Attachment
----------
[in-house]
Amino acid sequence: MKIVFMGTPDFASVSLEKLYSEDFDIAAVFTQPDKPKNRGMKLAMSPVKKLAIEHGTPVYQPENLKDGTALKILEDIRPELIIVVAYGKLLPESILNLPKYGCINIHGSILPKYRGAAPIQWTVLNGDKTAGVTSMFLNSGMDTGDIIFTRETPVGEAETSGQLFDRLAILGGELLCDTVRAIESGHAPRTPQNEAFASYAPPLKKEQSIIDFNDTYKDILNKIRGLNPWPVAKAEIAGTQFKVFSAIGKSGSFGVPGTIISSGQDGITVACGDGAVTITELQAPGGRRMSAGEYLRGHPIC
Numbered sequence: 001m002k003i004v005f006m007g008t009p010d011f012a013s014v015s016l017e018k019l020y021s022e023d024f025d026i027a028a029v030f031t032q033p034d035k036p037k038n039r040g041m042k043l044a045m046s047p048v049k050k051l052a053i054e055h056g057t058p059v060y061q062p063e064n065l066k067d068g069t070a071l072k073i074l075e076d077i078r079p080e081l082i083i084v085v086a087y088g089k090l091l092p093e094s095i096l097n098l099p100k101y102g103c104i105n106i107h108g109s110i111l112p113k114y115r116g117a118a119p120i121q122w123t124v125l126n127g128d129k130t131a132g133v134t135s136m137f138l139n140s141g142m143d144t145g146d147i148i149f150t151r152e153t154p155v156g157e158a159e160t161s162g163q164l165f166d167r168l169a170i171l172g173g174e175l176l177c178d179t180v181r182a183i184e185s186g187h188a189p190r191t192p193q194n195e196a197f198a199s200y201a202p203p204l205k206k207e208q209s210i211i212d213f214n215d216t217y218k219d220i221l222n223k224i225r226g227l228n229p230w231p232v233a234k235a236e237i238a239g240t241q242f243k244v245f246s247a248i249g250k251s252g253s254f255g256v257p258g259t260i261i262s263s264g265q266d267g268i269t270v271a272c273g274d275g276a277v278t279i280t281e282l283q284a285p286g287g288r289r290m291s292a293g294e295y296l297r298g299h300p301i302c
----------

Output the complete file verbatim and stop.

[in-house]
Amino acid sequence: MKIVFMGTPDFASVSLEKLYSEDFDIAAVFTQPDKPKNRGMKLAMSPVKKLAIEHGTPVYQPENLKDGTALKILEDIRPELIIVVAYGKLLPESILNLPKYGCINIHGSILPKYRGAAPIQWTVLNGDKTAGVTSMFLNSGMDTGDIIFTRETPVGEAETSGQLFDRLAILGGELLCDTVRAIESGHAPRTPQNEAFASYAPPLKKEQSIIDFNDTYKDILNKIRGLNPWPVAKAEIAGTQFKVFSAIGKSGSFGVPGTIISSGQDGITVACGDGAVTITELQAPGGRRMSAGEYLRGHPIC
Numbered sequence: 001m002k003i004v005f006m007g008t009p010d011f012a013s014v015s016l017e018k019l020y021s022e023d024f025d026i027a028a029v030f031t032q033p034d035k036p037k038n039r040g041m042k043l044a045m046s047p048v049k050k051l052a053i054e055h056g057t058p059v060y061q062p063e064n065l066k067d068g069t070a071l072k073i074l075e076d077i078r079p080e081l082i083i084v085v086a087y088g089k090l091l092p093e094s095i096l097n098l099p100k101y102g103c104i105n106i107h108g109s110i111l112p113k114y115r116g117a118a119p120i121q122w123t124v125l126n127g128d129k130t131a132g133v134t135s136m137f138l139n140s141g142m143d144t145g146d147i148i149f150t151r152e153t154p155v156g157e158a159e160t161s162g163q164l165f166d167r168l169a170i171l172g173g174e175l176l177c178d179t180v181r182a183i184e185s186g187h188a189p190r191t192p193q194n195e196a197f198a199s200y201a202p203p204l205k206k207e208q209s210i211i212d213f214n215d216t217y218k219d220i221l222n223k224i225r226g227l228n229p230w231p232v233a234k235a236e237i238a239g240t241q242f243k244v245f246s247a248i249g250k251s252g253s254f255g256v257p258g259t260i261i262s263s264g265q266d267g268i269t270v271a272c273g274d275g276a277v278t279i280t281e282l283q284a285p286g287g288r289r290m291s292a293g294e295y296l297r298g299h300p301i302c